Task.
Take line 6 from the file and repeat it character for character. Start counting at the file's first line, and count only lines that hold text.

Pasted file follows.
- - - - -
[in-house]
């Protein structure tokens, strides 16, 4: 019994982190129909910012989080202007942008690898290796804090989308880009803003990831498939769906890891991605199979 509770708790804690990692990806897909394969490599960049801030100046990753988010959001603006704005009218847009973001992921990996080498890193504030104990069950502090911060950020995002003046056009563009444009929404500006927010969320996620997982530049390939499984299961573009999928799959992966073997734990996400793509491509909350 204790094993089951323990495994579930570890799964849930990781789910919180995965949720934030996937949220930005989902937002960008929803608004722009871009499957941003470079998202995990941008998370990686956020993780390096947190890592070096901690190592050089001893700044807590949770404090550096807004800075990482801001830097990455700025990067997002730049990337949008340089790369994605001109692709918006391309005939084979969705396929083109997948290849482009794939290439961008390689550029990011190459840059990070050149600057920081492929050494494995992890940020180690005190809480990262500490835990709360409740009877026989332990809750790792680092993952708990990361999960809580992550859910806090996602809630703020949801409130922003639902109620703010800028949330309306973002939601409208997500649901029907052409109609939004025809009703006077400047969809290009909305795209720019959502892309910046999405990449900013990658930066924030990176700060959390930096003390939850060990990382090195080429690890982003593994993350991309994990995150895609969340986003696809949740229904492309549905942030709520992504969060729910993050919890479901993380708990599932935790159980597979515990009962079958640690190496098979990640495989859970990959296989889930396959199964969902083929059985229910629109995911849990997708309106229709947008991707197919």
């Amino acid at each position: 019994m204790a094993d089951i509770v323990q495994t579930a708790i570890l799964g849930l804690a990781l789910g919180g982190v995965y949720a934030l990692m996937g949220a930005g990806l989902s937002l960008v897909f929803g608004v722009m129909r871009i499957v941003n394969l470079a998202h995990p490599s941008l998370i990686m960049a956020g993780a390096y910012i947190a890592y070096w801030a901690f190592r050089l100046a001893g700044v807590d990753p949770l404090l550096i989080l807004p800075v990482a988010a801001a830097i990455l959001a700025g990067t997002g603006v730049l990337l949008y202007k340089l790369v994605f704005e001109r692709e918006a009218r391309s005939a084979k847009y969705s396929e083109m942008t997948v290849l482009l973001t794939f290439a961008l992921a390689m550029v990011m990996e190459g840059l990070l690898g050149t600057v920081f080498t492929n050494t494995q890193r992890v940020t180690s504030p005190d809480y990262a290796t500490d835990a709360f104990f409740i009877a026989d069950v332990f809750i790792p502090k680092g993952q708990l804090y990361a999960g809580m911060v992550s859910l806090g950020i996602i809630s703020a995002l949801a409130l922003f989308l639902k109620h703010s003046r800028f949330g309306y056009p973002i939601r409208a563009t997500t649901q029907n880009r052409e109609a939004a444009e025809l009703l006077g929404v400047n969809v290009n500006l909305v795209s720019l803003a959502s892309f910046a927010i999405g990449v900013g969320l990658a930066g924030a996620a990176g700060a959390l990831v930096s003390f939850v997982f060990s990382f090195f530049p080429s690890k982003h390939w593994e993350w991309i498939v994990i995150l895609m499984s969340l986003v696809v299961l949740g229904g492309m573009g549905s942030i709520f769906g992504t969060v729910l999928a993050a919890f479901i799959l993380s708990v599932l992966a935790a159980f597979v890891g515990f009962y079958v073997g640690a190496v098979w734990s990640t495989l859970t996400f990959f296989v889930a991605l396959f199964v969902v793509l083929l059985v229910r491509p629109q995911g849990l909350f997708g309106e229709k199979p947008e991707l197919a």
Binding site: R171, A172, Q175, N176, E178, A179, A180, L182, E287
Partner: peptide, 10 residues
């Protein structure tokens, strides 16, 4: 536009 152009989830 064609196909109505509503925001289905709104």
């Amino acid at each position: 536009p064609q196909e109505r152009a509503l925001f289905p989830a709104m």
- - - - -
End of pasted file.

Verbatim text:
């Protein structure tokens, strides 16, 4: 536009 152009989830 064609196909109505509503925001289905709104």